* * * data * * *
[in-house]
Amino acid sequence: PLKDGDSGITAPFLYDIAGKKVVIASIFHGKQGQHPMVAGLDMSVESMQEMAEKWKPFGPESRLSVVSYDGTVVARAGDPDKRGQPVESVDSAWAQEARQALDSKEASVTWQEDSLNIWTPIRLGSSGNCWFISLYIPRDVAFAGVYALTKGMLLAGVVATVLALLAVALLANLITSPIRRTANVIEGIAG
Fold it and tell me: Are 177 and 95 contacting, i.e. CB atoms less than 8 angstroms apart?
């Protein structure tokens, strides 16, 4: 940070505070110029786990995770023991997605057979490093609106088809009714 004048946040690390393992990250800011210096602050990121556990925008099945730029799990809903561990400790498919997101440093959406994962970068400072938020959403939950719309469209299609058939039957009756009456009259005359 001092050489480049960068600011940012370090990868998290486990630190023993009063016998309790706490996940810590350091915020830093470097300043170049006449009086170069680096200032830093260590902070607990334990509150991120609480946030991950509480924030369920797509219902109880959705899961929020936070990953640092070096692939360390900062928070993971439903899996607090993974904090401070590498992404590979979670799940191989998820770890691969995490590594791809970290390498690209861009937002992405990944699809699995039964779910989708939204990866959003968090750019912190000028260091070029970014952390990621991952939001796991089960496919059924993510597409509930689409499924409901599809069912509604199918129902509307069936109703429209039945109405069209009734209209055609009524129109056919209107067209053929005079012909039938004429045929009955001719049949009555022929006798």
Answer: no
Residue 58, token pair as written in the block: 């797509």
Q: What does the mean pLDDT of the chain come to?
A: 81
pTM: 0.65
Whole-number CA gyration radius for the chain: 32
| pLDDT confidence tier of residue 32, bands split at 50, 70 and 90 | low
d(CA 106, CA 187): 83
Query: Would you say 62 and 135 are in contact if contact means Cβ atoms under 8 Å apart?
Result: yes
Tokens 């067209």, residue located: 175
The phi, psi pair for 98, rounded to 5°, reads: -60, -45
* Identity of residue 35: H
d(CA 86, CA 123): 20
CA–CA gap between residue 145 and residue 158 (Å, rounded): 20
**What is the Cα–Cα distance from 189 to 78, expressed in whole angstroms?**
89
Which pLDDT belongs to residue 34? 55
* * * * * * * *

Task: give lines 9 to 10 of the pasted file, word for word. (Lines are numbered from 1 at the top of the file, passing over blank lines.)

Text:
pTM: 0.65
Whole-number CA gyration radius for the chain: 32